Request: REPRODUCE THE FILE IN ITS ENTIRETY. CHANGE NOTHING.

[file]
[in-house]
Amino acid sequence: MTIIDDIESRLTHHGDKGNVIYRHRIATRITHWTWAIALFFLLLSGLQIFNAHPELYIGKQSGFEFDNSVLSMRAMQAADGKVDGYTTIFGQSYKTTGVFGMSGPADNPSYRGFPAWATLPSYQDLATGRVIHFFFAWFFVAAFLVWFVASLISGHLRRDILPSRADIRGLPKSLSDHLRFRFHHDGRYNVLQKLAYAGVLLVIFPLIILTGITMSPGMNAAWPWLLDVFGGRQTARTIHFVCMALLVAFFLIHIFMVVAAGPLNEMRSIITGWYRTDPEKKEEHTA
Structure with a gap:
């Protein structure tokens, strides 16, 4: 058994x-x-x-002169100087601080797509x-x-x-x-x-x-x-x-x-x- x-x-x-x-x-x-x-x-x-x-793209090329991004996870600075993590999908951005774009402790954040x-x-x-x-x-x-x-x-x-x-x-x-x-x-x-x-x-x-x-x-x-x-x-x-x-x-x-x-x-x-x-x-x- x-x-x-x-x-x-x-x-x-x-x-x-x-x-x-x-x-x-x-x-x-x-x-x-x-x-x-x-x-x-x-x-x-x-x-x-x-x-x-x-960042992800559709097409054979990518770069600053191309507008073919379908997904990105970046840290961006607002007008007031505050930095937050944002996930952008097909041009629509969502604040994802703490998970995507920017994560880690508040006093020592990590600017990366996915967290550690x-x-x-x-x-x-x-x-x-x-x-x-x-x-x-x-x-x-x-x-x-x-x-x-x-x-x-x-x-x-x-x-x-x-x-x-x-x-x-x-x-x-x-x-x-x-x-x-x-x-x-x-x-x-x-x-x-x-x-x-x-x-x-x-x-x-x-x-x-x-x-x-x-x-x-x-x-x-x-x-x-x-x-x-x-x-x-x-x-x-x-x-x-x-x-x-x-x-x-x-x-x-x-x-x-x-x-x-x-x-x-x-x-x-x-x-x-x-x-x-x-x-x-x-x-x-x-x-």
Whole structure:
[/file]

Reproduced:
[in-house]
Amino acid sequence: MTIIDDIESRLTHHGDKGNVIYRHRIATRITHWTWAIALFFLLLSGLQIFNAHPELYIGKQSGFEFDNSVLSMRAMQAADGKVDGYTTIFGQSYKTTGVFGMSGPADNPSYRGFPAWATLPSYQDLATGRVIHFFFAWFFVAAFLVWFVASLISGHLRRDILPSRADIRGLPKSLSDHLRFRFHHDGRYNVLQKLAYAGVLLVIFPLIILTGITMSPGMNAAWPWLLDVFGGRQTARTIHFVCMALLVAFFLIHIFMVVAAGPLNEMRSIITGWYRTDPEKKEEHTA
Structure with a gap:
């Protein structure tokens, strides 16, 4: 058994x-x-x-002169100087601080797509x-x-x-x-x-x-x-x-x-x- x-x-x-x-x-x-x-x-x-x-793209090329991004996870600075993590999908951005774009402790954040x-x-x-x-x-x-x-x-x-x-x-x-x-x-x-x-x-x-x-x-x-x-x-x-x-x-x-x-x-x-x-x-x- x-x-x-x-x-x-x-x-x-x-x-x-x-x-x-x-x-x-x-x-x-x-x-x-x-x-x-x-x-x-x-x-x-x-x-x-x-x-x-x-960042992800559709097409054979990518770069600053191309507008073919379908997904990105970046840290961006607002007008007031505050930095937050944002996930952008097909041009629509969502604040994802703490998970995507920017994560880690508040006093020592990590600017990366996915967290550690x-x-x-x-x-x-x-x-x-x-x-x-x-x-x-x-x-x-x-x-x-x-x-x-x-x-x-x-x-x-x-x-x-x-x-x-x-x-x-x-x-x-x-x-x-x-x-x-x-x-x-x-x-x-x-x-x-x-x-x-x-x-x-x-x-x-x-x-x-x-x-x-x-x-x-x-x-x-x-x-x-x-x-x-x-x-x-x-x-x-x-x-x-x-x-x-x-x-x-x-x-x-x-x-x-x-x-x-x-x-x-x-x-x-x-x-x-x-x-x-x-x-x-x-x-x-x-x-």
Whole structure: